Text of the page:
So here we go again…the bane of my existence: finishing video games. As time goes by – and it’s just going by faster and faster the older I get – my gaming backlog keeps becoming more and more daunting. Even if I leave Ratchet & Clank: Into The Nexus, and the 2016 reboot out of it – not to mention all of the other must-play PS4 titles – I’m still looking at (at least) 13 PS3 games that I have yet to finish. Ay caramba!

Blasphemy (It Looks Like I forgot About My PS3)

Now when I talk about my backlog I really need to point out that it’s made up from two categories. I’ve touched on this in the past, but I really want to make it clear (even to myself). I have my original PS3 backlog. Yes, as in the PlayStation 3. Believe it or not, the foundation of this blog is built upon my PS3. The point of all of this was to not only showcase PS4 games, but to showcase my last gen console games as well. It was (is) supposed to act as a journal for me to document and finish my old games. Well it looks like I lost my way because I’ve only published four posts about my PS3 games. The majority have been about PS4 which brings me to the next backlog category: my forever-expanding PS4 backlog.

The Power Of The PS4 Consumes Me

Gaming on my PS4 is just so damn satisfying. Clearly I favour it over playing PS3, wherein lies the problem. My PS3 sits right beside my PS4 so it’s within my sights, and yet I don’t ever fell compelled to turn it on. This brings me back to the original thought I had before buying my PS4: Don’t buy it until you finish all of your PS3 games first. But I didn’t listen to my instincts. I bought my PS4 one year after launch (2014) – and even though it was easier to balance my PS3/PS4 game time back then – it’s proving to be a lot more difficult nowadays.

Every year more games are released – whether they’re new IPs (Intellectual Properties) or sequels to previous games – these new PS4 games are trumping my old PS3 ones. It’s a vicious cycle – and it’s not like I play every new game that comes out either. How could I? I couldn’t do that even if I wanted to. I don’t have the time – nobody does! Like most adult gamers, I pick and choose the new games that I want to play and let the others fall to the wayside. I have to do this because there’s just too many to play. I do this every year with the hopes of, some day, getting back to the games that I’ve missed. But it’s really a fool’s errand because that magical day never really comes. Before I know it I’m smack dab in the middle of a new year, with an even newer line-up of games that now trump the ones that I’ve missed. Like I said, it’s a vicious cycle.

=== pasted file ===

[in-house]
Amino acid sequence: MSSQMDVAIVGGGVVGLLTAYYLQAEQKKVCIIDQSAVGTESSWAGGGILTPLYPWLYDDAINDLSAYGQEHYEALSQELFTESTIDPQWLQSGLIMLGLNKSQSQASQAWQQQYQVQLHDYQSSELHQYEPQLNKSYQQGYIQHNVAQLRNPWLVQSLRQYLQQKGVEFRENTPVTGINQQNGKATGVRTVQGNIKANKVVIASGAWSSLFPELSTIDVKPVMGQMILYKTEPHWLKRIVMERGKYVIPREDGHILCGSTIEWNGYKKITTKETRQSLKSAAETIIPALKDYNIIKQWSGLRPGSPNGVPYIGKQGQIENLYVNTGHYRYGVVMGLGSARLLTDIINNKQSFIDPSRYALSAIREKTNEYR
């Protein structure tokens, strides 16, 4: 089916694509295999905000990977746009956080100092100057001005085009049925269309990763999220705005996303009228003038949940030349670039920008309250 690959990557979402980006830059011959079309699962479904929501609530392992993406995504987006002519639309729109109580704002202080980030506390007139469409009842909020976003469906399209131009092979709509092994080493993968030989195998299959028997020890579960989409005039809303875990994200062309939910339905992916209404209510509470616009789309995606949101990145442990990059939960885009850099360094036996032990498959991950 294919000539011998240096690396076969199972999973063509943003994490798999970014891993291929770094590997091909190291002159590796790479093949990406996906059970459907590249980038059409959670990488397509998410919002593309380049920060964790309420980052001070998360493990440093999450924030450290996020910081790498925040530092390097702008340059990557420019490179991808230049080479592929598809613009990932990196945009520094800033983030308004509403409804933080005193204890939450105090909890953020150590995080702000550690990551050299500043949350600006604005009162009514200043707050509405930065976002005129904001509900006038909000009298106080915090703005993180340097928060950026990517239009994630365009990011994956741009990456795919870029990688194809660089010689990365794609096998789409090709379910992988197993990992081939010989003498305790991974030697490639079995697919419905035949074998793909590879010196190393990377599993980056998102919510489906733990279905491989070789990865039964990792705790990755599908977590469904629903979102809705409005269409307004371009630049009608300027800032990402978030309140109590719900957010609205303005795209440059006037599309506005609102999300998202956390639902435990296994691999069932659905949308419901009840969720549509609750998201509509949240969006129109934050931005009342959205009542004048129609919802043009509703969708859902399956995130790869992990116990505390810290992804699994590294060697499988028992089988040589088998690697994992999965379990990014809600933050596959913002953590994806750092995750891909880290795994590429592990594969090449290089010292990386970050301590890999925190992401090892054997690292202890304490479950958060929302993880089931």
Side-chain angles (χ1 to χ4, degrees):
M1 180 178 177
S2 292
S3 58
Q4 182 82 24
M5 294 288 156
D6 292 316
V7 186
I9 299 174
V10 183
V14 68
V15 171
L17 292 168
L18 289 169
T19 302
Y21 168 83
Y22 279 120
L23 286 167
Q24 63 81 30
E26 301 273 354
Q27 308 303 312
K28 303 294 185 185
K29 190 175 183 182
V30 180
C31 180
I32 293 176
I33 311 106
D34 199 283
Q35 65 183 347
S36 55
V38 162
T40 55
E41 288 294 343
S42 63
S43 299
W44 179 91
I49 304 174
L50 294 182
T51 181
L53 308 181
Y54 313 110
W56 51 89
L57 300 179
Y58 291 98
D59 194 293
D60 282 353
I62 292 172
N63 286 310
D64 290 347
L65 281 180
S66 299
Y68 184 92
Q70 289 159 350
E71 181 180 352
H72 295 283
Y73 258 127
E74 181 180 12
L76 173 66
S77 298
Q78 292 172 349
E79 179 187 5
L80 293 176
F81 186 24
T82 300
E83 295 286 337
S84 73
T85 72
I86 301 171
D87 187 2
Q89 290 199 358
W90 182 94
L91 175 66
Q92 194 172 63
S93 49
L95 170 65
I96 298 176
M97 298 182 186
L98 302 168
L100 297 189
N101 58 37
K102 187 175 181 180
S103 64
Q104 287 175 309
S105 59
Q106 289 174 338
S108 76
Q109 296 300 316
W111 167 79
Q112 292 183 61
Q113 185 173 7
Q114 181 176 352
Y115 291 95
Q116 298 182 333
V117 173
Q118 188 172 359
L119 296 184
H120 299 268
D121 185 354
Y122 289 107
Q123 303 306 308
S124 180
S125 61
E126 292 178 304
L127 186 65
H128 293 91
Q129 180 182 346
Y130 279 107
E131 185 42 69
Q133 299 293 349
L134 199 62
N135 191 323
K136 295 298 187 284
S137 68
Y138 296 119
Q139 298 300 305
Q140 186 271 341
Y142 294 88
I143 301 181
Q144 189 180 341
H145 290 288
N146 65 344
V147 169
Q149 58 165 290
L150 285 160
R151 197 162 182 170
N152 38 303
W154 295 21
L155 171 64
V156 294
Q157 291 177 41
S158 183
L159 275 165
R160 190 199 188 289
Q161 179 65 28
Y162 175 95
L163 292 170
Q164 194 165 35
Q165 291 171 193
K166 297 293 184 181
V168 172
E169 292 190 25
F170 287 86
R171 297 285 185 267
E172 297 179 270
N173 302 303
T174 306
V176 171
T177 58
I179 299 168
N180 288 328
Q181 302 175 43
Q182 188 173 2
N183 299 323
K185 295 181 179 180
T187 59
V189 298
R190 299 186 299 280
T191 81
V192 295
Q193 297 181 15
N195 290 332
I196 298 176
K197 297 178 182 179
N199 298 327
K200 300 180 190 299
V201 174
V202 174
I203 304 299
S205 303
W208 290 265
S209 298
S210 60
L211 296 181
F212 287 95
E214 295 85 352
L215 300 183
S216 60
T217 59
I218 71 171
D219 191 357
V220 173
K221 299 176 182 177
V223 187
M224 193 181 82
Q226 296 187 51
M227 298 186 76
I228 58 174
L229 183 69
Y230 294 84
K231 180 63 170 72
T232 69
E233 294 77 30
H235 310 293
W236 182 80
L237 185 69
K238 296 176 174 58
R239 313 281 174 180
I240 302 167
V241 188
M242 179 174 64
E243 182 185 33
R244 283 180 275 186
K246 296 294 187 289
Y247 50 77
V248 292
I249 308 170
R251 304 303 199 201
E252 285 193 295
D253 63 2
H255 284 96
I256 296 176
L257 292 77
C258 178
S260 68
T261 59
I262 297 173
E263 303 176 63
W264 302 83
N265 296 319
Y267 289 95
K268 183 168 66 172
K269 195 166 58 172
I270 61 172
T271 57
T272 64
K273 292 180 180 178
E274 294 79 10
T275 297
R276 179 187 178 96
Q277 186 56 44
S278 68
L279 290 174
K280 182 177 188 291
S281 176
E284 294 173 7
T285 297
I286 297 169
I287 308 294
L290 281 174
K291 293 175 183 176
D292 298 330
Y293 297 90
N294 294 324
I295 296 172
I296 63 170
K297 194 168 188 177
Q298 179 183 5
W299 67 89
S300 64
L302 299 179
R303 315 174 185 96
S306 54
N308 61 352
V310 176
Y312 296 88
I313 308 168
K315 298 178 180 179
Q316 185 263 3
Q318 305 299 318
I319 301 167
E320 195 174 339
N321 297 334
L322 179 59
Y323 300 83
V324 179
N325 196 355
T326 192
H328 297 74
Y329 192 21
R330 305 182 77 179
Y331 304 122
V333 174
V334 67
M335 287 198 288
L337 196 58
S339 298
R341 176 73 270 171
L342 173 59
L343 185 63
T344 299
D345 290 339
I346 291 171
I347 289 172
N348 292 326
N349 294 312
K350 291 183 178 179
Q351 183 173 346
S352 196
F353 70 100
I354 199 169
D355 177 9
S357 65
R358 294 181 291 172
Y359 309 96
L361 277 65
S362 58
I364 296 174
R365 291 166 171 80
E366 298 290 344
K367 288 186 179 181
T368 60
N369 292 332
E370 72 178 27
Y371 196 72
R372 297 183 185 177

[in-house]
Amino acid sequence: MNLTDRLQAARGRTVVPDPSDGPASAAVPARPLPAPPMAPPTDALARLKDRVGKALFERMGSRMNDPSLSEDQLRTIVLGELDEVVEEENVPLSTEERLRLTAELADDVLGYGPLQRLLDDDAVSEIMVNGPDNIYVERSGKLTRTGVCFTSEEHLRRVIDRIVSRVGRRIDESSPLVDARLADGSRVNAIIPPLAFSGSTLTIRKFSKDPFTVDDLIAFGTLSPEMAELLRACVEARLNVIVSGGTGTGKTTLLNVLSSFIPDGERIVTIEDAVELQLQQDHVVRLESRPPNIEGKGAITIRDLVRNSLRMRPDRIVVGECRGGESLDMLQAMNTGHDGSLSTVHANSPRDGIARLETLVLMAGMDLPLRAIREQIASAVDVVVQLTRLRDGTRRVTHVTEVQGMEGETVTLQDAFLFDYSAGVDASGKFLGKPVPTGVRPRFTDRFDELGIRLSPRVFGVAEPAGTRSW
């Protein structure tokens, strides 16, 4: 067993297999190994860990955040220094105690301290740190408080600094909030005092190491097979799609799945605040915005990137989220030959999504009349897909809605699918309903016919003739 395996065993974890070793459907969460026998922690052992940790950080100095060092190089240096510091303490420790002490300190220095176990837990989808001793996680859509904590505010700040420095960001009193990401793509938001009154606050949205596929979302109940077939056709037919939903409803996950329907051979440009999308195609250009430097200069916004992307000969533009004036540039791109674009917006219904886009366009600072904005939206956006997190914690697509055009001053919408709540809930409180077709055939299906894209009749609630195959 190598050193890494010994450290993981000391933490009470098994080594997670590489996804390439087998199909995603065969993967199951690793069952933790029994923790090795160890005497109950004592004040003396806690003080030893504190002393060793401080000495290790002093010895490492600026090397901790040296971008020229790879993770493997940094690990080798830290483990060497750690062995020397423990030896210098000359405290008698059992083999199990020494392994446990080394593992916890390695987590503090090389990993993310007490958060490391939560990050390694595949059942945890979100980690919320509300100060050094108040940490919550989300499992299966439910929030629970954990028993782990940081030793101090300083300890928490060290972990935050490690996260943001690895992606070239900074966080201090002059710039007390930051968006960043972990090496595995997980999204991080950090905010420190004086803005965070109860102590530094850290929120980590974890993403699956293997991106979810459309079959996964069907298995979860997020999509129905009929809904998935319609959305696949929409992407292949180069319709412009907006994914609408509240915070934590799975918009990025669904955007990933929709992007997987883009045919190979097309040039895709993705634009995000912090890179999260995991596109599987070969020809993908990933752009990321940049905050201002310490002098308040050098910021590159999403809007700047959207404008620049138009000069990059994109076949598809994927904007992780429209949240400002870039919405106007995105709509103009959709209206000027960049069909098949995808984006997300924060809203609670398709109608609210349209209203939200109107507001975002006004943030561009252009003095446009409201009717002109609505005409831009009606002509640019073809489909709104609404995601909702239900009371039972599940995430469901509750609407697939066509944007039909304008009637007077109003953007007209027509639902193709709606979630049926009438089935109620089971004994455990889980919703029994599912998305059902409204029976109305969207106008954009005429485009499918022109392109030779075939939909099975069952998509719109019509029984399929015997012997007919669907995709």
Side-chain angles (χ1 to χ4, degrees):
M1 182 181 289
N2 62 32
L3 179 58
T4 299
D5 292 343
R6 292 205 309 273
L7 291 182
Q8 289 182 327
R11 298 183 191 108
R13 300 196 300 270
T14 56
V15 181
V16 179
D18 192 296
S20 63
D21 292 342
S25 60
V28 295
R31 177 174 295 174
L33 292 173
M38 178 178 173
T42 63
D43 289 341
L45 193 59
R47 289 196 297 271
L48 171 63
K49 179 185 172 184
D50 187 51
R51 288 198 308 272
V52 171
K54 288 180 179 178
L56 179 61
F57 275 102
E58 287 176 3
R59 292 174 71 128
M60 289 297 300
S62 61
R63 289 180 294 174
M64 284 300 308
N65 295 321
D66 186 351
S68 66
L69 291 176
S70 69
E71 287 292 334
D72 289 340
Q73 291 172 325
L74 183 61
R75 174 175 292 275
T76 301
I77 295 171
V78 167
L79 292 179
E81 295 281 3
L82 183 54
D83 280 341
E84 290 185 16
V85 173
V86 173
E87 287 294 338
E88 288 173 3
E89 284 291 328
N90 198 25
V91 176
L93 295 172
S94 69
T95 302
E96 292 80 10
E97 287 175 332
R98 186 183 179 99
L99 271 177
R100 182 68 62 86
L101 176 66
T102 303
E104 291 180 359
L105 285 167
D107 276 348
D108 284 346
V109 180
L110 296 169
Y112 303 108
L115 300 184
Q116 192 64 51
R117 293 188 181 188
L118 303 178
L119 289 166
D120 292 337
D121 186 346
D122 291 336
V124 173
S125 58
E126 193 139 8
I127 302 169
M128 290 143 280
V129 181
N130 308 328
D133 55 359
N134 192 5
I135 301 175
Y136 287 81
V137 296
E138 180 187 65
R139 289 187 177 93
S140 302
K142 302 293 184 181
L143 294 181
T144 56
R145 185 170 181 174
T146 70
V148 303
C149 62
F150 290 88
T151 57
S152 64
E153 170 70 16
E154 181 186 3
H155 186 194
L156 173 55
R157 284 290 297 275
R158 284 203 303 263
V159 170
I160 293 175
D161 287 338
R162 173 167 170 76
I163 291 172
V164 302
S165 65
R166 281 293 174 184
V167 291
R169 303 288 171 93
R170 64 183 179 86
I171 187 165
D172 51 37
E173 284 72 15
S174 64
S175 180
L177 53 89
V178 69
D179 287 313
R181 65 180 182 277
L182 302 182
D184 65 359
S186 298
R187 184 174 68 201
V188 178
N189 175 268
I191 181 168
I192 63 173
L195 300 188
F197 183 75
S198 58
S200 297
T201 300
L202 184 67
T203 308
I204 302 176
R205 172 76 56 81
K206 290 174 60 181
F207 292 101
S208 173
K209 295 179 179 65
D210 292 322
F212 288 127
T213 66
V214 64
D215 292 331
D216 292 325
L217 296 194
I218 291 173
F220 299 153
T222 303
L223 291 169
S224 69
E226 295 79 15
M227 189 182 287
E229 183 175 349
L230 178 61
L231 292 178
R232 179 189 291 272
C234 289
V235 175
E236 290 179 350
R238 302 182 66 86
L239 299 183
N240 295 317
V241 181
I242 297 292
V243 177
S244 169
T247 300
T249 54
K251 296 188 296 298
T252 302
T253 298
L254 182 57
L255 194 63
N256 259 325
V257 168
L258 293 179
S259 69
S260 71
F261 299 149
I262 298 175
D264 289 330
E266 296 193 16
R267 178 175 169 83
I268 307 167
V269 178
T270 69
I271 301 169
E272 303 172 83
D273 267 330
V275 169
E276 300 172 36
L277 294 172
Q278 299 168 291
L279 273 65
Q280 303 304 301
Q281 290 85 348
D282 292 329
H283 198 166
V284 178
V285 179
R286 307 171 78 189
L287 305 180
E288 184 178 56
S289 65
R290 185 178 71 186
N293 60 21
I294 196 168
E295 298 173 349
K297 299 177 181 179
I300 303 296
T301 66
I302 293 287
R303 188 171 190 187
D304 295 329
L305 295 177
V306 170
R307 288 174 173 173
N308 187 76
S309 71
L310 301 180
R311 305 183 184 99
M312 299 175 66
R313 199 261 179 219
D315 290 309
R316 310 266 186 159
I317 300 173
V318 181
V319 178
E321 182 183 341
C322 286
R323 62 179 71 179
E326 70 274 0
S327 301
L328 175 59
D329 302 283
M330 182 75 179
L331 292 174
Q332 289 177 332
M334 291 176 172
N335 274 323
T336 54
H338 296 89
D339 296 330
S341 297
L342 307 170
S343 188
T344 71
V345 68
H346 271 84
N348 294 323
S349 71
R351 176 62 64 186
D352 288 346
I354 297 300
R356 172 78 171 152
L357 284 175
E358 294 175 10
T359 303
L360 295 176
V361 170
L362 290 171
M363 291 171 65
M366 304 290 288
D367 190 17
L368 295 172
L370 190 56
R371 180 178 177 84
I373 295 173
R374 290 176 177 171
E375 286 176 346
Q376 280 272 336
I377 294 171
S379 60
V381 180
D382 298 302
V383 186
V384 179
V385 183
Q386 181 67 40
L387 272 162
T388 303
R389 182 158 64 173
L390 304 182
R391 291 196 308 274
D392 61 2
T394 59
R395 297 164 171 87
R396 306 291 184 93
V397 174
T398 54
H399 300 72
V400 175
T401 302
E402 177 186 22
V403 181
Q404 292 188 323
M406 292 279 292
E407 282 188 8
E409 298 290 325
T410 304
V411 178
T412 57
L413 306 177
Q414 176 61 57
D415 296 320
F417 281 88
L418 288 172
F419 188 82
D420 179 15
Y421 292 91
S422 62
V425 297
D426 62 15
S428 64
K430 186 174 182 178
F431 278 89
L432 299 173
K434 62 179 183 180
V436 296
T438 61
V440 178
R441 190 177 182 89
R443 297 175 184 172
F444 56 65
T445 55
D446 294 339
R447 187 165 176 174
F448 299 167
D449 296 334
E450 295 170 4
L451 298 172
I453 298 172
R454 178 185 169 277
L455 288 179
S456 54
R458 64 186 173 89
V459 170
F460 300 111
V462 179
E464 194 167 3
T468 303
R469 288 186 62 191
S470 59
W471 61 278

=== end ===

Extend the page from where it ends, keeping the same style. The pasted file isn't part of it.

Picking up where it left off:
Is This My Final Answer?

So what’s the fix? How do I complete my task of getting to the closing credits of all of my 13, or so, PS3 games? Well, the only way out of this hot mess (that I can see) is to, begrudgingly, ignore all of the PS4 titles for (let’s say) one year and just focus on my PS3 backlog. That would definitely be the most efficient way of getting those PS3 games out of the way…or (at this point) I could just forget my PS3 backlog altogether and just focus on the PS4. Or I can play PS3 and PS4 games in tandem – which was my original intention – but I clearly dropped that ball. There’s no real easy answer here because no matter what I do I still miss out on games.

The first option has me ignoring PS4 games for one year, which would be very hard to do when you’re as dialled into the gaming industry as much as I am. I’m always watching and listening to podcasts, and gaming news, because that’s just what I enjoy. I have to be in the know about upcoming games. So when I see, and hear, about upcoming games I get very excited which makes the impulse to buy them very hard to ignore.

The second option has me letting go of my entire PS3 backlog, which might sound ideal, but has me missing out on finishing all of that last gen greatness. I have some incredible games on PS3 that I would love to not only showcase, but also get to the end of, like The Last Of Us for example. I still have no idea how this game ends, and it’s arguably the best game on PS3. How can I deny myself of playing that, not to mention all the other great oldies that I have?

So I might just have to crank up the discipline meter and become way more aggressive with my PS3 gaming, while I continue gaming on my PS4. Like Jay-Z’s and R. Kelly’s album back in 2002: it’s the best of both worlds, but enough about old school hip hop and the ridiculous gaming goals that I’ve put on myself. Go watch my latest Ratchet & Clank let’s play above, or (if you like) you can start by watching the first part of this “walkthrough” by clicking here, and then coming back to this video post to continue the story.